Could this senseless Atlanta apartment shooting have been prevented, and are justice and compensation available to the young victims?
Three Atlanta teens, ages 19, 15 and 14, were hospitalized after gunfire reportedly erupted outside an Atlanta apartment complex Tuesday morning, June 12, 2018.
According to The AJC, “Atlanta police were called to the Providence at Cascade Apartments around 12:30 a.m. They found a 19-year-old man shot in the hip and the 14-year-old shot in the lower back.” A third victim, 15, was transported to the hospital by family with multiple gunshot wounds. Their current conditions have not been released.
A resident apparently told WSB-TV 2, “she was outside on her front steps when she saw a car pull in, then heard 20 or more gunshots. She said they started near a gazebo in the complex where the teenagers were hanging out, then spilled out into the parking lot.”
Was negligent security a factor in this senseless Atlanta apartment shooting and could this incident have been prevented? Read Our Legal Take below to find out if the victims may have legal avenues for justice and claims for substantial compensation in Georgia.
Our Legal Take
Apartment residents and guests have a right to feel safe and secure while on the premises. The Murray Law Firm questions the level of security provided at the subject property and whether this shooting may have been prevented.
- Have there been prior incidents of violence on or near property? What security measures, such as gated entry, bright lighting, surveillance cameras, and security patrols, were in place to deter crime and protect the young victims at the time of the shooting?
By law, property owners in Georgia are required to protect all those legally on the premises from any foreseeable harm. Should the facts of this matter reveal that the apartment complex owner or management failed to provide adequate security, the young victims and their families may seek justice and elect to pursue legal claims for their injuries.
The Murray Law Firm has recovered millions of dollars for victims of unsafe properties in Georgia, and recently obtained a $29.25 million dollar verdict in Georgia.
We represent our Clients on a contingency agreement, which generally means that no fees or payments are owed until and unless we recover. Anyone seeking further information or legal representation is encouraged to contact us via e-mail (click here) or by telephone at 404.842.1600. Consultations are free and confidential.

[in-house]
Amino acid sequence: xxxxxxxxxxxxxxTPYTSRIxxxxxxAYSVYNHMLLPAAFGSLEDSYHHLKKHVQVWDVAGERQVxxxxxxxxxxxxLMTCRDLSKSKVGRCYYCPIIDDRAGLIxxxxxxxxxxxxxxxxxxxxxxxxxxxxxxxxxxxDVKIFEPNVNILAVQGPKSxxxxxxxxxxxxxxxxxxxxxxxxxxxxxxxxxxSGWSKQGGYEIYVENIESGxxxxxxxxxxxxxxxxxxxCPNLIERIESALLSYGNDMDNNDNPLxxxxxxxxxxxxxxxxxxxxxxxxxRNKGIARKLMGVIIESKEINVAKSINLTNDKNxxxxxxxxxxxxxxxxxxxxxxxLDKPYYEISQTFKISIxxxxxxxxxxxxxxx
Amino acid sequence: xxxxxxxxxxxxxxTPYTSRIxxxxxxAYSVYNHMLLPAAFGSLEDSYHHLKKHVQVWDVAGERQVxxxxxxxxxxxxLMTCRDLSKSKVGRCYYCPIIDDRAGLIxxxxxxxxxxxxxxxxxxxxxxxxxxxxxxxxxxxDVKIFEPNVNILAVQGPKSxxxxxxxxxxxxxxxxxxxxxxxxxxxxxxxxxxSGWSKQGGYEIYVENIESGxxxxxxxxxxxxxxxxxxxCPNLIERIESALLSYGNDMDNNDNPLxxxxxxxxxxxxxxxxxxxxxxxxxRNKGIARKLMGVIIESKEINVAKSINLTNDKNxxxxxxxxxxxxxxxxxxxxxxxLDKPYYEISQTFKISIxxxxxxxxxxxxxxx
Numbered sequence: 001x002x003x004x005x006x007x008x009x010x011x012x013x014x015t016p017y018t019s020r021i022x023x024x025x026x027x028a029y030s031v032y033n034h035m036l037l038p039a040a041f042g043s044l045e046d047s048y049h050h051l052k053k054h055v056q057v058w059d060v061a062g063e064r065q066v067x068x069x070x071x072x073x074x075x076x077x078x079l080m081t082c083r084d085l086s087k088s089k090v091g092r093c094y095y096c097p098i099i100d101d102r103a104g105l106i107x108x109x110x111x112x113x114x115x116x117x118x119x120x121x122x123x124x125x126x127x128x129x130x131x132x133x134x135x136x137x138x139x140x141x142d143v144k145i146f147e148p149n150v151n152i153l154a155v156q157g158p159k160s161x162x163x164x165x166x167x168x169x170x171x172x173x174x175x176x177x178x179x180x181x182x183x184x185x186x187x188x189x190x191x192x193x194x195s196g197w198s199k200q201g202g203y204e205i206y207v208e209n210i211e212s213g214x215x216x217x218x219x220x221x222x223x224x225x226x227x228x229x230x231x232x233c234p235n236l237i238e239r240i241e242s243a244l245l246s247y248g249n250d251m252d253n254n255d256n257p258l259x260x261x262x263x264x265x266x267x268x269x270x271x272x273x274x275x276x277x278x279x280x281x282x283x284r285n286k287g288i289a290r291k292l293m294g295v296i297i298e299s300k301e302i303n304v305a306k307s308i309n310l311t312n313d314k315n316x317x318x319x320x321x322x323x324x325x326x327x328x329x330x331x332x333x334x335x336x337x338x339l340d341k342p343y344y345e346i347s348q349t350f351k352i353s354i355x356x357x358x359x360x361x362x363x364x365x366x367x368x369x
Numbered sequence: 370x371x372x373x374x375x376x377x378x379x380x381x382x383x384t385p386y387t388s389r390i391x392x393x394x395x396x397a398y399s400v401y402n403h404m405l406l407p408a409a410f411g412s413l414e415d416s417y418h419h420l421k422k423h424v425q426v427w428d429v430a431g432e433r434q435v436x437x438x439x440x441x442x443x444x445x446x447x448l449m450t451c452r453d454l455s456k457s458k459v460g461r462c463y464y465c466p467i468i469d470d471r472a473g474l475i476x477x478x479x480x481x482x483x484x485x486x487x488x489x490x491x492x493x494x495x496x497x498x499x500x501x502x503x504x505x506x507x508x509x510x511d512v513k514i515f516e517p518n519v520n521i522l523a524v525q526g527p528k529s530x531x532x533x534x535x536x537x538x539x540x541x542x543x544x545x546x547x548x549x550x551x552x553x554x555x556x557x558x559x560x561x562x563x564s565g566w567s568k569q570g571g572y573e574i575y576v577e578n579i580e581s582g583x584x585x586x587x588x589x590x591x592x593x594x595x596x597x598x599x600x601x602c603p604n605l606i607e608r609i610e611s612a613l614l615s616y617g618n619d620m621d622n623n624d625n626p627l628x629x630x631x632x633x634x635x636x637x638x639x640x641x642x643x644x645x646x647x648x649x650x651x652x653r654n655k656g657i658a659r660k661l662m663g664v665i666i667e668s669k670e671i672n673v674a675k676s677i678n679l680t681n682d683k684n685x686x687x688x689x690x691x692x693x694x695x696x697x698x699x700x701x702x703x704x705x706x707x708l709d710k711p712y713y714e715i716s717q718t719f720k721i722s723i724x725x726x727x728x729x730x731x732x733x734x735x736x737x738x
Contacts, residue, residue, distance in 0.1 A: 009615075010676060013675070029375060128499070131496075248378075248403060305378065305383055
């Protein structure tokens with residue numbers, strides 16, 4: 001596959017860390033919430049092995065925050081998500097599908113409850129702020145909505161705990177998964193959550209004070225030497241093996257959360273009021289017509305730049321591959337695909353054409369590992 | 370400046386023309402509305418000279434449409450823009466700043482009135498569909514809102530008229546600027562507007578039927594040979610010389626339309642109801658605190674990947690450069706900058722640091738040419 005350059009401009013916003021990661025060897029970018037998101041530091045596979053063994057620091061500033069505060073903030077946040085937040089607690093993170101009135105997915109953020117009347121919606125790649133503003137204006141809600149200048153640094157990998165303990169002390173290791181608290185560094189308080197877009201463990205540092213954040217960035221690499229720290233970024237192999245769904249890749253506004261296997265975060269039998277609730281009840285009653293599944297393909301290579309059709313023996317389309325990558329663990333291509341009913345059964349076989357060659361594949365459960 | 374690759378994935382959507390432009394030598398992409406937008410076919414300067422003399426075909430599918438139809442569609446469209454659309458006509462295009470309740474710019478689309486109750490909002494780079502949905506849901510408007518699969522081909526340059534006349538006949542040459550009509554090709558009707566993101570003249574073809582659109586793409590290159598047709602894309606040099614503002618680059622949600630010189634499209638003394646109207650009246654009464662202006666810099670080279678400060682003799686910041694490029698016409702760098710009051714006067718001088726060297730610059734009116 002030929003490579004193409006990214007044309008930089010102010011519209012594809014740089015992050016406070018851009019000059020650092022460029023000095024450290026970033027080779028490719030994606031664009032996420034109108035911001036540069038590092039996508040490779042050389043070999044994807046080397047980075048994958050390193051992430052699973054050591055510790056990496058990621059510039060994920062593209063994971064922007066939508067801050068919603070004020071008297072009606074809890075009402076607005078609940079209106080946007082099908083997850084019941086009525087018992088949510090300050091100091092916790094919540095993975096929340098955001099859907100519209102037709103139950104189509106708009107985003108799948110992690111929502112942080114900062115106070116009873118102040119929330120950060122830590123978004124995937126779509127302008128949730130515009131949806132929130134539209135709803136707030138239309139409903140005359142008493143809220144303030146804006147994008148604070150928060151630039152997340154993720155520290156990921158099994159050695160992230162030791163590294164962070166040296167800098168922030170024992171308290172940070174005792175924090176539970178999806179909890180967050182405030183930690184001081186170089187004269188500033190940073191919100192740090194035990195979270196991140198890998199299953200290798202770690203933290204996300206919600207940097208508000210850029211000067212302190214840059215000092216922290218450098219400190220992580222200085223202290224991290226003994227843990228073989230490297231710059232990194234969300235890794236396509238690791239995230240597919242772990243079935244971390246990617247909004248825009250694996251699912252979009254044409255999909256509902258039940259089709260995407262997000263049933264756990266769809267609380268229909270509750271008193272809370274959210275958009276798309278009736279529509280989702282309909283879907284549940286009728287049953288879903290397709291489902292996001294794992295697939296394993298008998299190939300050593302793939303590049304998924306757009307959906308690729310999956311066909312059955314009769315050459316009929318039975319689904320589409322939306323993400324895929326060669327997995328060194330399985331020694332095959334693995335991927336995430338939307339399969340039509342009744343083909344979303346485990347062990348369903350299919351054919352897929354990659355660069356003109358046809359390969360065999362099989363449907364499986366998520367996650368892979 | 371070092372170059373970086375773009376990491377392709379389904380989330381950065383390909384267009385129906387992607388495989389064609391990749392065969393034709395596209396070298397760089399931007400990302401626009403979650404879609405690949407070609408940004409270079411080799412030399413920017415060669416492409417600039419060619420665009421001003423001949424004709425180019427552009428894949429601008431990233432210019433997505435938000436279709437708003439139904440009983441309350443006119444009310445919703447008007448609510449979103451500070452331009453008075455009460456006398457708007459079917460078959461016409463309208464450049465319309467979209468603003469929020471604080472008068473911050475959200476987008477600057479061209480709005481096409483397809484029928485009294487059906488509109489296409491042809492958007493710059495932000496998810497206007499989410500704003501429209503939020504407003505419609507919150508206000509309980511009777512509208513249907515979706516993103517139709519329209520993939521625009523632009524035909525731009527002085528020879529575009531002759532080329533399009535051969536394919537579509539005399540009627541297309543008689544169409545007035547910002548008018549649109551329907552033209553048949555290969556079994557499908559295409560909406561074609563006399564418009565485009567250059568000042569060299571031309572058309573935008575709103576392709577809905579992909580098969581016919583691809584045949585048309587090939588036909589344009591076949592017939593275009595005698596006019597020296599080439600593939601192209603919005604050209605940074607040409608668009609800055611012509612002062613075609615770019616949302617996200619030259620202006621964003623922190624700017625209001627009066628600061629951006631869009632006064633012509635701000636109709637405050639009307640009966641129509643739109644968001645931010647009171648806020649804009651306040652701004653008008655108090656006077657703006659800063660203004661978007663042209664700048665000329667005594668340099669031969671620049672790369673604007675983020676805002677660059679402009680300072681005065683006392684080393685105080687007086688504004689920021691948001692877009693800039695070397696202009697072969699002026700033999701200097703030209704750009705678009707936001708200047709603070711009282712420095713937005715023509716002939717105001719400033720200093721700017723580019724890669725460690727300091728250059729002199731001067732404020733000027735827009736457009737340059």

CALL NOW: 404.842.1600
Choosing the Right Attorney
Selecting the right attorney for you or your family is highly important. You must feel confident that the attorney you hire has a complete understanding of the law applicable to your particular case, and has successful experience in handling such cases.
Important: Do not hire a lawyer who has violated the Rules of Professional Conduct!!!
You should not hire an attorney who calls you or visits you unsolicited, or anyone that contacts you directly to offer legal services. This activity is strictly prohibited by Rule 7.3 of the American Bar Association (ABA) Model Rules of Professional Conduct, which states as follows:
– RULE 7.3, ABA MODEL RULES OF PROFESSIONAL CONDUCT.
If an attorney, or someone acting on behalf of an attorney, contacts you in this manner, that attorney is in violation of this Rule. This unethical and unprofessional activity on the part of the lawyer is good sign that you should stay away. It is imperative that you are represented by an attorney who is capable of advocating for you within the confines of the law, and an attorney who fails to abide by the Rules of Professional Conduct is probably not the best fit. In fact, any such attorney should be immediately reported to the local State Bar Association. If you have been contacted in such an unsolicited manner, contact us and we’ll assist you in filing a report.
Contingency Fees Disclaimer: “Contingent attorneys’ fees refers only to those fees charged by attorneys for their legal services. Such fees are not permitted in all types of cases. Court costs and other additional expenses of legal action usually must be paid by the client.”